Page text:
Radcliffe fellows are exceptional scientists, writers, scholars, public intellectuals, and artists whose work is making a difference in their professional fields and in the larger world.
Based in Radcliffe Yard—a sanctuary in the heart of Harvard University—fellows join a uniquely interdisciplinary and creative community. A fellowship at Radcliffe is an opportunity to step away from usual routines and dive deeply into a project. With access to Harvard’s unparalleled resources, Radcliffe fellows develop new tools and methods, challenge artistic and scholarly conventions, and illuminate our past and our present.
Throughout the year, fellows convene regularly to share their work in progress. Coming from diverse disciplines and perspectives, they challenge each other’s ideas and support each other’s ambitions. Many say that it is the best year of their professional lives.
The deadline for applications in humanities, social sciences, and creative arts is September 12, 2019.
The deadline for applications in science, engineering, and mathematics is October 3, 2019.
The Radcliffe Fellowship Program awards 50 fellowships each academic year. Applicants may apply as individuals or in a group of two to three people working on the same project. We seek diversity along many dimensions, including discipline, career stage, race and ethnicity, country of origin, gender and sexual orientation, and ideological perspective. Although our fellows come from many different backgrounds, they are united by their demonstrated excellence, collegiality, and creativity.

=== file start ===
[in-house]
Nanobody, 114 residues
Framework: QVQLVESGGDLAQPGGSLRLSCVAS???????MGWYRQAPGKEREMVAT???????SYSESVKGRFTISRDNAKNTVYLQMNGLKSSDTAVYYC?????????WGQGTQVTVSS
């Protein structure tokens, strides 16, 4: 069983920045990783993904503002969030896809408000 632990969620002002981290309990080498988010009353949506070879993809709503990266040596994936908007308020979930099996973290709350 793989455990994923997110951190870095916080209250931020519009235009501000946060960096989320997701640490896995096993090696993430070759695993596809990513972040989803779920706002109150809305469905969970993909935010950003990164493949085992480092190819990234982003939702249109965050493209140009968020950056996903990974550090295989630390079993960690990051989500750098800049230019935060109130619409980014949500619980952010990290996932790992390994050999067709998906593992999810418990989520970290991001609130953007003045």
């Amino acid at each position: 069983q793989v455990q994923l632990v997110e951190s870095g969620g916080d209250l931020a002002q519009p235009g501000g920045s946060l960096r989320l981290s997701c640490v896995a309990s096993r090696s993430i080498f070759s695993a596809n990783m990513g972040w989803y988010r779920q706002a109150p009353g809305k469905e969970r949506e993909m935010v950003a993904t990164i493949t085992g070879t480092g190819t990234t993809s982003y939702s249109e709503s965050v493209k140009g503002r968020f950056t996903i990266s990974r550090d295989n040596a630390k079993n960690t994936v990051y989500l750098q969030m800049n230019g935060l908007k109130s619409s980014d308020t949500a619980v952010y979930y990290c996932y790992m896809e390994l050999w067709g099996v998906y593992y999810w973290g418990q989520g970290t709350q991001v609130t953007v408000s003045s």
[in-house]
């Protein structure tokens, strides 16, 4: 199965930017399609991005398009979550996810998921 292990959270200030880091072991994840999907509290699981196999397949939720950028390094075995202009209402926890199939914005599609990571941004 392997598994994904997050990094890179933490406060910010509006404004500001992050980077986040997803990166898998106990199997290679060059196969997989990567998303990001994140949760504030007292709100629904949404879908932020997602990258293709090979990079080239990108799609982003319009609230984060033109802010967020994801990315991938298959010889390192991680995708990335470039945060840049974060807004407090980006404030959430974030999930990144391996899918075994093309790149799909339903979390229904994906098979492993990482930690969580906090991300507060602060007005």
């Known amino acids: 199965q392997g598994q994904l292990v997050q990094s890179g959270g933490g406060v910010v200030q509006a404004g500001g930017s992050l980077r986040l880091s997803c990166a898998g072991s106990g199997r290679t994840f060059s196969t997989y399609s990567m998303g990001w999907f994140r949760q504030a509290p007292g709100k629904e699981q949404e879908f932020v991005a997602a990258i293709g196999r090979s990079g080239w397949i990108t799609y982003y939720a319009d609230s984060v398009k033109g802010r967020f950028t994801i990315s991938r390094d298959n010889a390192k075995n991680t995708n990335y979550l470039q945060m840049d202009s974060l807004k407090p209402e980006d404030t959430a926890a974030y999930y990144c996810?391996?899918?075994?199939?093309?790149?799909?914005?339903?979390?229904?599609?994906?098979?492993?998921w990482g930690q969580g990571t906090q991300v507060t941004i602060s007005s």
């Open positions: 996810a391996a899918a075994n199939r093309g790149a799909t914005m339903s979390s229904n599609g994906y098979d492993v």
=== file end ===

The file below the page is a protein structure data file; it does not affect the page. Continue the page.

Explore the broad range of Radcliffe fellows’ projects. The following areas—while not exclusive—are of special interest:
- Radcliffe supports engaged scholarship. We welcome applications from scholars and practitioners who connect research to law, policy, pressing social issues, and/or who seek to actively engage audiences beyond academia.
- Reflecting Radcliffe’s unique history, each year some projects focus on women, gender, and society or draw on the Schlesinger Library’s rich collections. In 2020–2021, one fellow will be designated a Mellon-Schlesinger fellow, as part of the project commemorating the centennial of the 19th Amendment.
We welcome applications from a broad range of fields.